After high blood pressure, dietary risks, and smoking,air pollution is the fourth utmost risk factor for human health globally, and 6.5 million premature deaths are associated with it.
The notion of the Himalayas being an ‘economic powerhouse’ has piqued public and scientific attention to them. The Himalayas are significant biodiversity hotspots and water resources, serving millions of people living within and outside the region. They represent one of the essential cryospheric regions threatened by pollutants accumulated at the southern foot of the Himalayas via long-range transport. Scientific investigations have raised critical issues regarding transcontinental transport and deposition of black carbon and other pollutants on the Himalayas linking climate research.The South Asian region is serious and vulnerable to PM2.5. It is a significant source of nitrogen and black carbon emissions, fertilizers and other chemical constituents used in agriculture in rural areas, human excreta, urban waste, transportation, and biomass burning in the urban areas.
After high blood pressure, dietary risks, and smoking, the fourth utmost risk factor for human health globally is air pollution, and 6.5 million premature deaths annually are associated with it. Air pollution and quality narrate with climate mitigation goals, clean energy services, waste management, and other features of socio-economic development. The United Nations Sustainable Development Goals (SDGs) are a strategy for accomplishing an amended future, and air pollution is linked directly or indirectly to many of the specific targets. Rapid short-sighted land-use change, increasing traffic emissions, unmanaged waste, and industrial activities, such as brick kilns, boilers, cement, stone, and crusher industries are the sources of atmospheric pollution.
These chemical constituents from the atmosphere re-accumulate and have an invisible effect on various ecosystems challenging the food network and security. The Indo-Gangetic Plain region (IGP) of South Asia is also found in many scientific articles to be highly polluted and populated areas extending to northern and eastern India, the eastern parts of Pakistan, almost all of Bangladesh, and the southern plains of Nepal. Human beings' energy and basic needs in those areas have greatly affected air quality. Black carbon, dust, and fly ashes particles found in the area are scattered by the sun's radiation. There exists a grey tropospheric layer called the Atmospheric Brown Cloud (ABC) or haze, which acts as a blanket and influences temperature.
Many scientists and researchers have shown that atmospheric pollutants such as black carbon and dust particles accumulate in the Himalayas through long-range transport at various wind speeds. The Global Chemical Transport Model also states that chemical pollutants from the heavily polluted Indian sub-continent have reached the mountains. Such pollutants affect the sun's radiation and snow albedo in the Himalayas and accelerate the snow's melting speed, limiting the process of sustainable and long-term water supply, declining snow's spatial coverage. Also, melting glaciers are significant sources of pollutants released into downstream ecosystems via rivers, posing a threat to human and environmental health. For the Himalayas, fossil fuels (46 ± 11%) and biomass burning combustion (54 ± 11%) are considered almost equal sources of black carbon. Black carbon polluted snow absorbs the sun's radiation by 10 to 100 percent more than fresh snow, depending on the size of the snow and the crystals. Studying the amount, source, and the dynamics of the pollutants is of great advantage in learning the pattern of climate change, the hydrological cycle, the impact on vegetation, and the health of humans. It also guides the protection of the Himalayan ecosystem.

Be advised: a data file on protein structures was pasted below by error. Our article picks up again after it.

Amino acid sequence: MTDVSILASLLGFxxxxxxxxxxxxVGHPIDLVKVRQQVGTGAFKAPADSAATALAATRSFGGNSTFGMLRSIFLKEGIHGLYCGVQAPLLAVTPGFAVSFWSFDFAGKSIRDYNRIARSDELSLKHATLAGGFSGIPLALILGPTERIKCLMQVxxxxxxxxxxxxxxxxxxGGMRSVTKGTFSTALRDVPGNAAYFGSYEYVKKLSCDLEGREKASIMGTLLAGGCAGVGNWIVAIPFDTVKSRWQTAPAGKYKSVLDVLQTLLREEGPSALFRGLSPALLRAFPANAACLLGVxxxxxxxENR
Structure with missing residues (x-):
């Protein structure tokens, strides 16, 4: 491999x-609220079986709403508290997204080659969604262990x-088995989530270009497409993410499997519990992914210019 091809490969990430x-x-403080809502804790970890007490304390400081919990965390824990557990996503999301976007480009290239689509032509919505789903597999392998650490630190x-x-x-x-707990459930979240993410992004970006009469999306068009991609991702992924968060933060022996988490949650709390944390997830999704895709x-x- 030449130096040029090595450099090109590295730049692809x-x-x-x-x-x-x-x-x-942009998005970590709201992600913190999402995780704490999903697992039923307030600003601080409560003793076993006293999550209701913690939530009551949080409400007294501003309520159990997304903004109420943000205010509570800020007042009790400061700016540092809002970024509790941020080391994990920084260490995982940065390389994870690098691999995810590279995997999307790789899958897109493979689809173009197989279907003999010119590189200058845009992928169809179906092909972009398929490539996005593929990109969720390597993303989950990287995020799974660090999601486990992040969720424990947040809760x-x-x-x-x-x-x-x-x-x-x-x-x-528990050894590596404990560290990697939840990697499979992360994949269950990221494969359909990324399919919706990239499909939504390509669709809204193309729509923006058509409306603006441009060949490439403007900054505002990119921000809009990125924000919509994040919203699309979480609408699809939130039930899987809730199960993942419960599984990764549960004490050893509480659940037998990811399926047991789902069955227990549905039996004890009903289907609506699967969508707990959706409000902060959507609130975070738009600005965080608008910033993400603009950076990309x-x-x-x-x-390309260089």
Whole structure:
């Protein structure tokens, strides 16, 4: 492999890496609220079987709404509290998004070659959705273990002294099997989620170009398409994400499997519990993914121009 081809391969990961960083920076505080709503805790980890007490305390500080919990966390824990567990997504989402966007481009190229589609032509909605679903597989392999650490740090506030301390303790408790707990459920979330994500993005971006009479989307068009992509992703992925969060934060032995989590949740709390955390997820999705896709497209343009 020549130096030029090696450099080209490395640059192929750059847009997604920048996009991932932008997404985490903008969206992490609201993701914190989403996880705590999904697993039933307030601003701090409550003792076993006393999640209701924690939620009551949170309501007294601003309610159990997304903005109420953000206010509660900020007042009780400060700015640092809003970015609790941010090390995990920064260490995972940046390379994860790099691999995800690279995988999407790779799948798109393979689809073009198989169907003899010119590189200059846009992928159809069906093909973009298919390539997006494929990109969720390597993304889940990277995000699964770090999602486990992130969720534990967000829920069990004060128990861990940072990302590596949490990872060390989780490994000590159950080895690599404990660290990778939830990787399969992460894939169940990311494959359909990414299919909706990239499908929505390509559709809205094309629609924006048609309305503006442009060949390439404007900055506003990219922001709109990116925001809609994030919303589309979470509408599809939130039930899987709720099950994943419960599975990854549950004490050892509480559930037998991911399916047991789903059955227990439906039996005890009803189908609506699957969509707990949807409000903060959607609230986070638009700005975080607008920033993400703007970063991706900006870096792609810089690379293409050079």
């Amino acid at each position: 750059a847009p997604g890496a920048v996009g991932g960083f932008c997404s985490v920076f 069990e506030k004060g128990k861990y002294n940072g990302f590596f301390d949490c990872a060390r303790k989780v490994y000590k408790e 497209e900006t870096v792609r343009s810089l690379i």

Therefore, it is imperative to know the quantity, source, and transport of the south Asian atmospheric pollutants to understand the regional climate and dynamic impact on livelihoods, environmental conditions, and ultimately the sustainability of the Himalayas. The effect of atmospheric pollution on the Himalayan region must become a regional issue with a collective commitment to reduce it; there is a need for regional and transboundary cooperation and collaboration. A robust monitoring network is necessary across the South Asian region to provide better spatial coverage to address the transport of pollutants across the Himalayas as atmospheric pollutants contribute to climatic and cryospheric changes through their effects on solar radiation and the albedos of snow and ice surfaces.
Scientific research is still insufficient to study and mitigate pollution reaching the Himalayas from South Asia through long-distance travel. Immediate attention of scientists and policymakers is essential to understand the exact amount of the transboundary and exogenous pollutants contributing to the total loading of atmospheric pollution over the Himalayas for its sustainable development and management.
Finally, mitigating measures and action plans based on empirical evidence against air pollution are required to fulfil the target of Sustainable Development Goals - those on health (SDG 3), sustainable energy (SDG 7), and climate action (SDG 13).
(The author is a member of the Policy and Planning Commission, Gandaki Province, Nepal.)